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Yes, it's official. As of July 27, 2013, I am a PMP!!!
Fortunately, I was blessed to do this with only 5 weeks of total prep, so I'll try to briefly describe exactly how I studied in the hopes that it will help somebody else reach their goal of passing the exam.
Step 1: Listen to the PMP PrepCast - I downloaded all of the podcasts and, in two weeks, I listened to everything except the interviews, the applied concepts, and the episodes on exam logistics. I took notes on everything, especially the inputs, T&Ts, and outputs of each process. I use Evernote so that it was easy for me to go through the episodes at home or during down time at the office.
Step 2: Practice creating a "brain dump" sheet - One of the best suggestions from the podcast was a brain dump sheet. I practiced creating one twice a day for 1 week. In that time, I felt pretty comfortable doing it, so I only did it once a day for the other 2 weeks. My sheet included the chart with all of the Knowledge Areas and Process Groups, as well the formulas (CV, SV, CPI, CPI, EAC, TCPI, Present Value).
Step 3: Read the PMI Code of Ethics - I'm not sure how much this helped, but I did it anyway. It's short enough that it can't hurt.
Step 4: Read glossary in PMBOK Guide - Another great suggestion from the PrepCast. I went through each term in the glossary. If I saw a term I wasn't familiar with, I'd put the term and it's definition in my notes. I also created a separate section of my notes to group similar terms so I could see the differences between them (i.e., Exploit vs Enhance Risks, Enterprise Environmental Factors vs Organizational Process Assets, etc)
Step 5: Create spreadsheet of processes - This was critically important for me. I created a spreadsheet with the Knowledge Area, Process Group, Process Name, Process Definition, Inputs, T&Ts, and Outputs for each of the processes. Once I did, I started filtering the sheet in various ways to better understand how the processes fit together and to see patterns to help me answer questions. For example, filtering for Change Requests on the Outputs column, or EEF on the Inputs column made it suddenly clear which processes included each, and why. And just looking at the processes in a particular Knowledge Area (Quality, for example), made it clear what was being done in each process and at what point the next process started. As stressed in the PrepCast, it's not so important to memorize all of this, and I didn't even try. The important part is to understand what's being done and why.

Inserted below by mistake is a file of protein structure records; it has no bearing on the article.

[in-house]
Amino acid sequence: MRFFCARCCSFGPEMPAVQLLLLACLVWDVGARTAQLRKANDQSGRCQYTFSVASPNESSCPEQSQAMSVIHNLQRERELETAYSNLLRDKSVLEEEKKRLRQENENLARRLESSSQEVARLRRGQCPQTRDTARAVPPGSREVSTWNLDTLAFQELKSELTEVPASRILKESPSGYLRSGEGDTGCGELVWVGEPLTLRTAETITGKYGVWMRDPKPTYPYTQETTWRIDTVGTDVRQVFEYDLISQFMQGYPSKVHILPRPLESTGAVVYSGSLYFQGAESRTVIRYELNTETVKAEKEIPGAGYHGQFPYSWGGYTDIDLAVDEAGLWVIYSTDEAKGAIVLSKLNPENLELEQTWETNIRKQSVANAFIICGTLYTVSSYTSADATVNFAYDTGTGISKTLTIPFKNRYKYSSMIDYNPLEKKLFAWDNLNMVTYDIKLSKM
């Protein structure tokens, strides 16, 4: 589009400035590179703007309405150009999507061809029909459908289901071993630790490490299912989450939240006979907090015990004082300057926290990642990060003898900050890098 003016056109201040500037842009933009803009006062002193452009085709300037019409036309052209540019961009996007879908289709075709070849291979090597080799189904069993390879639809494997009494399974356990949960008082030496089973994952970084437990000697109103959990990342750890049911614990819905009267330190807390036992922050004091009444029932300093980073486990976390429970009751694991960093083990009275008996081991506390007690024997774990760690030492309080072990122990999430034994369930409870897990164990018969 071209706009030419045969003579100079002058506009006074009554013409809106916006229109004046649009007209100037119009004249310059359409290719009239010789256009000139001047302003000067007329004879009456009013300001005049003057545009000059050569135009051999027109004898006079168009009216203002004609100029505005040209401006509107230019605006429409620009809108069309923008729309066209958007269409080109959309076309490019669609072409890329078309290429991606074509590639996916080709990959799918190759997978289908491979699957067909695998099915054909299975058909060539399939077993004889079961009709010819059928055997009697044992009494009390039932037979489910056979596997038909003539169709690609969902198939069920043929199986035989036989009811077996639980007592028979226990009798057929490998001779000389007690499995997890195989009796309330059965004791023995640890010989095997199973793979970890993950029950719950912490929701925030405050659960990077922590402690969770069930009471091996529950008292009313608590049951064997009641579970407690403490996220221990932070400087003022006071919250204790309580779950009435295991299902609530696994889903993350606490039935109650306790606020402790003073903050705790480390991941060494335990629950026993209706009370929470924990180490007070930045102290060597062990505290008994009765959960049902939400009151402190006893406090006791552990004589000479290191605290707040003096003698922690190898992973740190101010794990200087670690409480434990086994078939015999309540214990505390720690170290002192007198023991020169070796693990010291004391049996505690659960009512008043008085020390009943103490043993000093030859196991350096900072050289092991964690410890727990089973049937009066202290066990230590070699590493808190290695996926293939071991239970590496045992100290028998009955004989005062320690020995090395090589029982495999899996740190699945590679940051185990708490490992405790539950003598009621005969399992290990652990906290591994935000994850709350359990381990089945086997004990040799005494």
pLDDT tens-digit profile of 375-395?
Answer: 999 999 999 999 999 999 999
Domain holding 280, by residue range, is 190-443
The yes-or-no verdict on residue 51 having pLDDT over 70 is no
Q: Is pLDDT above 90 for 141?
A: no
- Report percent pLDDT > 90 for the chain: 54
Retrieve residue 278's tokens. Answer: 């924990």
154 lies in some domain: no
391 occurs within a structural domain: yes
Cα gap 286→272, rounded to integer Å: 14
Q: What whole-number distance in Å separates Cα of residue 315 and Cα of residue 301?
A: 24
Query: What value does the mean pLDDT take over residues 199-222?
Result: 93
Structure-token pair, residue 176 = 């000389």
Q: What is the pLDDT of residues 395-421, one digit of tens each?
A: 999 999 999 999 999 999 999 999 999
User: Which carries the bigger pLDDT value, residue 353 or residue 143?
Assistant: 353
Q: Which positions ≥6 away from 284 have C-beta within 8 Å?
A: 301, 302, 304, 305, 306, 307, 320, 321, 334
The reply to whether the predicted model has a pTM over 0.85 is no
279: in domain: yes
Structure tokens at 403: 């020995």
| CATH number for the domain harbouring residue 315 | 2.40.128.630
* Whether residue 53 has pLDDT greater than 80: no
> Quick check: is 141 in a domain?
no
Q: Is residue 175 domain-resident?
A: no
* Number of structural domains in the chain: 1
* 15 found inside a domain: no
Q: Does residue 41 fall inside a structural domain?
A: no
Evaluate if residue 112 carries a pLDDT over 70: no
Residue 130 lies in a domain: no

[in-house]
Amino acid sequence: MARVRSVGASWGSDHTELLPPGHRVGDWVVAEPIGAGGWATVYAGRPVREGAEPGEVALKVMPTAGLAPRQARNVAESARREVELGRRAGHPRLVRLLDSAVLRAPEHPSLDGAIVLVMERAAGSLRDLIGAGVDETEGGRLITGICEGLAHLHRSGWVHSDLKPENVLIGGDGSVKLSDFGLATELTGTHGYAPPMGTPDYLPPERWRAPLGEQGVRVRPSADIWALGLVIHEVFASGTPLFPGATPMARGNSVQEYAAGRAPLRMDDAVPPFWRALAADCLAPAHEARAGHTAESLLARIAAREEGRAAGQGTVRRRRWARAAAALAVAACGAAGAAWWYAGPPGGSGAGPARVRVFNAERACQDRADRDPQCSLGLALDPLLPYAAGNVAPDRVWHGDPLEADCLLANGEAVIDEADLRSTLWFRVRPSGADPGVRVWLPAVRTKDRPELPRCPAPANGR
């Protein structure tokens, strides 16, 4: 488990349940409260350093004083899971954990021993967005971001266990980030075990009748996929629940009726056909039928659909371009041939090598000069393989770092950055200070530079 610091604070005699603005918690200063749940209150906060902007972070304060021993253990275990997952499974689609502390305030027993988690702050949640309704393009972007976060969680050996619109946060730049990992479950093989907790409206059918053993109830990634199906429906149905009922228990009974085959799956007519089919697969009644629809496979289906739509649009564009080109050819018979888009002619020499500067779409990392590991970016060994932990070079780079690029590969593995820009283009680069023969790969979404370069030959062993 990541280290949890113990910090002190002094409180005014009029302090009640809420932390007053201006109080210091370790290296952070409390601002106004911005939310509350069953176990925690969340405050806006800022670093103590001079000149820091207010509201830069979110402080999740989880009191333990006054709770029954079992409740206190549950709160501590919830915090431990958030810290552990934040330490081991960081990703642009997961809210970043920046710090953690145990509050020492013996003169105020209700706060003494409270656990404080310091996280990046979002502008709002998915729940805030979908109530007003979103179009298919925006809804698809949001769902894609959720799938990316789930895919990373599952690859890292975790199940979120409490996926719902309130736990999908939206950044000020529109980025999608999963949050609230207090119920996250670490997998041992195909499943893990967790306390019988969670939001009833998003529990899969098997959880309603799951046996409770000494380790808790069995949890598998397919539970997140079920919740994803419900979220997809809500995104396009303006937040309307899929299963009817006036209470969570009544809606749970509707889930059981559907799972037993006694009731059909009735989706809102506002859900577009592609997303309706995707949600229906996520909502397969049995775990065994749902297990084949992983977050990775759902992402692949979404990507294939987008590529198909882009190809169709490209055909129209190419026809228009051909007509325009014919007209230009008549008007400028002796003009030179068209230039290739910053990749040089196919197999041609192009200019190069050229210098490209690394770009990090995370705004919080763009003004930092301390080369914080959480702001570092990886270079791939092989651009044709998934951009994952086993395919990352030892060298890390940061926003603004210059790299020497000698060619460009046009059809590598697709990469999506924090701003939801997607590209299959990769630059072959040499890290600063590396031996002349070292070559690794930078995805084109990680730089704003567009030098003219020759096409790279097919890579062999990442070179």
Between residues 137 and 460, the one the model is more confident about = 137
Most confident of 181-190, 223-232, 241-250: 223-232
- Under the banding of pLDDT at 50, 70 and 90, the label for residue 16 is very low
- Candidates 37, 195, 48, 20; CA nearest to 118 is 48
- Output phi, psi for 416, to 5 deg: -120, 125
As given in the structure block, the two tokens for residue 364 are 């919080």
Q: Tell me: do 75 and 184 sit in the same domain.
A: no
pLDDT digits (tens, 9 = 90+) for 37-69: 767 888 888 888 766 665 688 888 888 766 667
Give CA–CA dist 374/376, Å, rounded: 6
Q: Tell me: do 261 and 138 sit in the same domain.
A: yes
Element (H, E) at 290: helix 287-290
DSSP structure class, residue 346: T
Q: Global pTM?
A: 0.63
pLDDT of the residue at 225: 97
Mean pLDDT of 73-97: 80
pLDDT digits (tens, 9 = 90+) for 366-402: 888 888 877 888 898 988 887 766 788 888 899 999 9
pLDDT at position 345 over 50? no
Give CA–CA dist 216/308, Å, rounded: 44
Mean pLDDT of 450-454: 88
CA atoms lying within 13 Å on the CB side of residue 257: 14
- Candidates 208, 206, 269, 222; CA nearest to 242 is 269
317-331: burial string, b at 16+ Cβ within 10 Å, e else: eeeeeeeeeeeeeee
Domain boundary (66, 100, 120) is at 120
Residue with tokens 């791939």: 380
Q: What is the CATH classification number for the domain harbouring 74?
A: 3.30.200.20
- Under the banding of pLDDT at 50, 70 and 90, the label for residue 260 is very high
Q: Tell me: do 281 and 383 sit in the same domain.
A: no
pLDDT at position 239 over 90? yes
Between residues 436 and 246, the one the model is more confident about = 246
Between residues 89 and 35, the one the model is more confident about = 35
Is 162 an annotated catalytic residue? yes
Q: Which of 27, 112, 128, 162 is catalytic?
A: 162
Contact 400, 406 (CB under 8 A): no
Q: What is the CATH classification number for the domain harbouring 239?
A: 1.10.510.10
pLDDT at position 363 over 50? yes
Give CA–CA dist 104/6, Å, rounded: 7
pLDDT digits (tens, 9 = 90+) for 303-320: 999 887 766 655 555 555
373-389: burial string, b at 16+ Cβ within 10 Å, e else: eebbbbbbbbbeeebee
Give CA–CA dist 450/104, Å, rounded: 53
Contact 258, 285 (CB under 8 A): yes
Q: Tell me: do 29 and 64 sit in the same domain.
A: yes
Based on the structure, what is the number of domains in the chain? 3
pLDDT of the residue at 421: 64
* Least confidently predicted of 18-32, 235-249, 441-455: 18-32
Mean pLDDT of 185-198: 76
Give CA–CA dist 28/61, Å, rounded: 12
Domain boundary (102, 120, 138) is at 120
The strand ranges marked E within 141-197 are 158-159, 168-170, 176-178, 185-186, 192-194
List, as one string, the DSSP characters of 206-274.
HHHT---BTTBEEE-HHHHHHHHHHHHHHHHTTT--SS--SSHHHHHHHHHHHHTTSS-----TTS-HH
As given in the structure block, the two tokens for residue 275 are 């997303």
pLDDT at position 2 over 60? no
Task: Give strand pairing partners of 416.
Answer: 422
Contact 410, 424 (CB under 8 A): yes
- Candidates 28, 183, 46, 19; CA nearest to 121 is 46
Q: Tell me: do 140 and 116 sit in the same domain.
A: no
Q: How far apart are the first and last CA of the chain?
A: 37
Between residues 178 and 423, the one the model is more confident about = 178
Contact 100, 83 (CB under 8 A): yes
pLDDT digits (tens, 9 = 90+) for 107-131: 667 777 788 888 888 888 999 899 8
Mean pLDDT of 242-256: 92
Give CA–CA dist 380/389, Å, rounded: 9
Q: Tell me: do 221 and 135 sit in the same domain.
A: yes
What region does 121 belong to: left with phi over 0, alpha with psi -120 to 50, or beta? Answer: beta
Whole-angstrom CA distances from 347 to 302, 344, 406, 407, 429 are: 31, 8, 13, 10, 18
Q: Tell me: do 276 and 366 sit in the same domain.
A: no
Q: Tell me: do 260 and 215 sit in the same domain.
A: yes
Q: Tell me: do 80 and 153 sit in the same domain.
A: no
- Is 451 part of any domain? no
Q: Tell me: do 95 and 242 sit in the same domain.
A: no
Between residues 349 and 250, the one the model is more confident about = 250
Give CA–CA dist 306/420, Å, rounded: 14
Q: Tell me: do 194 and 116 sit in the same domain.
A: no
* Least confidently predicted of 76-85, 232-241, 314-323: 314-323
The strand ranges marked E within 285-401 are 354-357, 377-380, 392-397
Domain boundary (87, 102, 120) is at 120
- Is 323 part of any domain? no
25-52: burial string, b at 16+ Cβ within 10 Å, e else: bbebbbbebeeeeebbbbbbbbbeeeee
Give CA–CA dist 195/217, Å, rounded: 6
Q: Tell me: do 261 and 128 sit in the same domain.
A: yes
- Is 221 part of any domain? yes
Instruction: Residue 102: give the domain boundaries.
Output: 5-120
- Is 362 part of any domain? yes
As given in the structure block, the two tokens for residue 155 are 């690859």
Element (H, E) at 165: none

Step 6: Read notes - I didn't read the PMBOK Guide (well, not completely...more on that later). Instead, I read my notes a couple times. It helped me to remember little details that weren't in my spreadsheet or brain dump sheet.
Step 7: Take practice exams and quizzes through the PMP Exam Simulator - By the time I got to this point, I only had about 2 weeks to study. For the first 3-4 days, I took 50 question quizzes. I then took 100 question quizzes, and finally mixed in a couple 200 question exams (I only took two of these before taking the real thing, but wish I had taken three). I rarely took quizzes/exams on back-to-back days. As I went through the tests, I'd mark a question for review if I wasn't sure of the answer, or thought there could be something on the subject that I needed to read more about.
Step 8: Review all marked and incorrect answers - This is where I read the PMBOK Guide. The great thing about the PMP Exam Simulator is that it'll tell you where in the PMBOK Guide you can find the answer to a question. So for the questions I marked for review or got wrong, I'd read in the PMBOK Guide. Sometimes I'd just read one paragraph, other times I'd read an entire section. It all depended on how comfortable I felt with the subject. The less I knew, the more I read.
Step 9: REST - As you can imagine, this was a pretty hectic schedule. I studied for 2-5 hours 6-7 days a week. So the day before my exam, I just relaxed. No studying, no work. I spent the entire day playing video games and watching movies, and went to bed early. The day of the exam, I ate a light breakfast, practiced my brain dump sheet, read through 5 minutes of my notes, and listened to the gospel station on the way to testing center (oh yeah, lots of praying going on that morning)
Step 10: Pass Exam, Thank God and CELEBRATE!!! (Pretty self-explanatory)
So, that's how I did it. Hopefully that helps, and good luck with your studies!
Pablo Simmonds, PMP
The following user(s) said Thank You: Revaz Margania
This interview with Simona Fallavollita (LinkedIn Profile) was recorded at the magnificient Project Management Institute (PMI)® Global Conference 2017 in Chicago, Illinois. We discuss the how, what, why and when of the changes that are coming to the PMP exam.